There is a Long and Storied Tradition of Selling Drugs Out of Ice Cream Trucks in New York

Flickr/Steven Depolo
My favorite flavor is chocolate-meth swirl.
Yesterday the Observer and NBC New York reported that 20-year-old Mina Gatas was arrested in Bay Ridge for using an ice cream truck as a front for his drug-dealing business in what police called "Operation Snowcone." Runnin' Scared thought the simplicity of Gatas's scheme was genius. It was so simple that we were surprised no one had thought of it before.

In fact, someone had thought of it before. Many someones. Turns out, New York has a deep history of drug-pushers leading double lives as ice cream men, in all boroughs and even on Long Island. Here are four of our favorites, culled from across the Internet.

Alexey Zagrebin, and James LaPointe, Bensonhurst, August 1998

Twenty-year-old Alexey Zagrebin's mother bought him an ice cream truck hoping that he would get a job. He and his partner James LaPointe, 19, ended up doing brisk business slinging weed and hash from it. So brisk that anyone who just wanted a cone was out of luck: One neighbor said one of the men was rude to people who weren't there to pick up marijuana. When police nabbed Zagrebin and LaPointe near Seth Low Park, they found six $10 bags of marijuana and 12 bags of hash.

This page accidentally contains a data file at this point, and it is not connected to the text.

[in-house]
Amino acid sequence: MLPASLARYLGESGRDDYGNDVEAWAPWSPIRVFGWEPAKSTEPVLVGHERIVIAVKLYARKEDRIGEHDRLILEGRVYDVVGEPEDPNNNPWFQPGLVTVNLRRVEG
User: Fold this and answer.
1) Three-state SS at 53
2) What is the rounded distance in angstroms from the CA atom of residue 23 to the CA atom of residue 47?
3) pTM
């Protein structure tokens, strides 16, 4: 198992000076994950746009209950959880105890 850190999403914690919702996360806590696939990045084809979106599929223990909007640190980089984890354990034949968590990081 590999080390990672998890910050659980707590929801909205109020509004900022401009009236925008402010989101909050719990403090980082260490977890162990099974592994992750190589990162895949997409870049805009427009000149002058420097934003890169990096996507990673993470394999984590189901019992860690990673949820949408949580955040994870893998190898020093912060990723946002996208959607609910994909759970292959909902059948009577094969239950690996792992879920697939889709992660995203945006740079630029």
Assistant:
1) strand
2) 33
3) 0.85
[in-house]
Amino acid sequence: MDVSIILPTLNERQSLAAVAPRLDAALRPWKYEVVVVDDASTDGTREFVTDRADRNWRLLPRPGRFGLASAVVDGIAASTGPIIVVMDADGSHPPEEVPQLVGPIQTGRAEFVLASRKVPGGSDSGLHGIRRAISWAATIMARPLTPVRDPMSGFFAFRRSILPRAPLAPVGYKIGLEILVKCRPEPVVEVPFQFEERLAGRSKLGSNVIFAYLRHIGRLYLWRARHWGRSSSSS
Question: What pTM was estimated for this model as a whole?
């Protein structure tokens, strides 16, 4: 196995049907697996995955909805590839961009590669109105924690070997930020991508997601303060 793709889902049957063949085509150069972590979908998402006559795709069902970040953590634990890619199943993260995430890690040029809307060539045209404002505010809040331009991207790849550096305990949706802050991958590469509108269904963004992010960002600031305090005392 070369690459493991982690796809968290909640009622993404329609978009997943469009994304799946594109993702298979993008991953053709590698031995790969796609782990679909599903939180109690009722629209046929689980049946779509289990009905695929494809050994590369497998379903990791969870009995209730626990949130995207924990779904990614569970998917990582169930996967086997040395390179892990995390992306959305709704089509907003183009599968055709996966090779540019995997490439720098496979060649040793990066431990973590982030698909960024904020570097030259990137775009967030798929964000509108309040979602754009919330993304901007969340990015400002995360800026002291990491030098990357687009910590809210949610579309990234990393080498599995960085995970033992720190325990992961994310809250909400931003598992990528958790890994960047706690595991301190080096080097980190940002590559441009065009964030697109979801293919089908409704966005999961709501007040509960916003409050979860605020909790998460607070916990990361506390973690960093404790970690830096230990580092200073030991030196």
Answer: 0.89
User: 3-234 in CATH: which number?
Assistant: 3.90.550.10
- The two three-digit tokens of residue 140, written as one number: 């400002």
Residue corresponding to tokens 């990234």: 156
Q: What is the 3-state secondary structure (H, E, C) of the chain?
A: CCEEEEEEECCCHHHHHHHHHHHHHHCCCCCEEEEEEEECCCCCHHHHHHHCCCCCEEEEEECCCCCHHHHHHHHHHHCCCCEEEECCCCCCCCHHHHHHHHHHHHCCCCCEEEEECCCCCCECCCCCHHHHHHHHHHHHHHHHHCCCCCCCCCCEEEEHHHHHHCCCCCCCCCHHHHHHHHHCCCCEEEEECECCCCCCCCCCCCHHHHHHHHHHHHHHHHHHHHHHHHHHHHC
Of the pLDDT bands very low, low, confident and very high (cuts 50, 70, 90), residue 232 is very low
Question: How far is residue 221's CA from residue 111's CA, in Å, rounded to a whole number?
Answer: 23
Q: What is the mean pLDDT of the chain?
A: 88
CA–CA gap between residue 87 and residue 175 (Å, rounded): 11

Jermaine Jordan, Queens, August 2007

Mister Softee was a softie for hard drugs. In August 2007, police executed a search warrant on a Mister Softee truck serving Jamaica. Twenty-six-year-old Jermaine Jordan was found with cocaine, marijuana, and a gun in plain view of the serving window. Jordan travelled the entire neighborhood, but a favorite haunt was outside Intermediate School 8 in South Jamaica, where he was arrested. One parent, Donald Williams, expressed his disappointment to the Post: "I been here for 40 years and ain't never would've thought Mister Softee was dealing drugs. Not Mister Softee."

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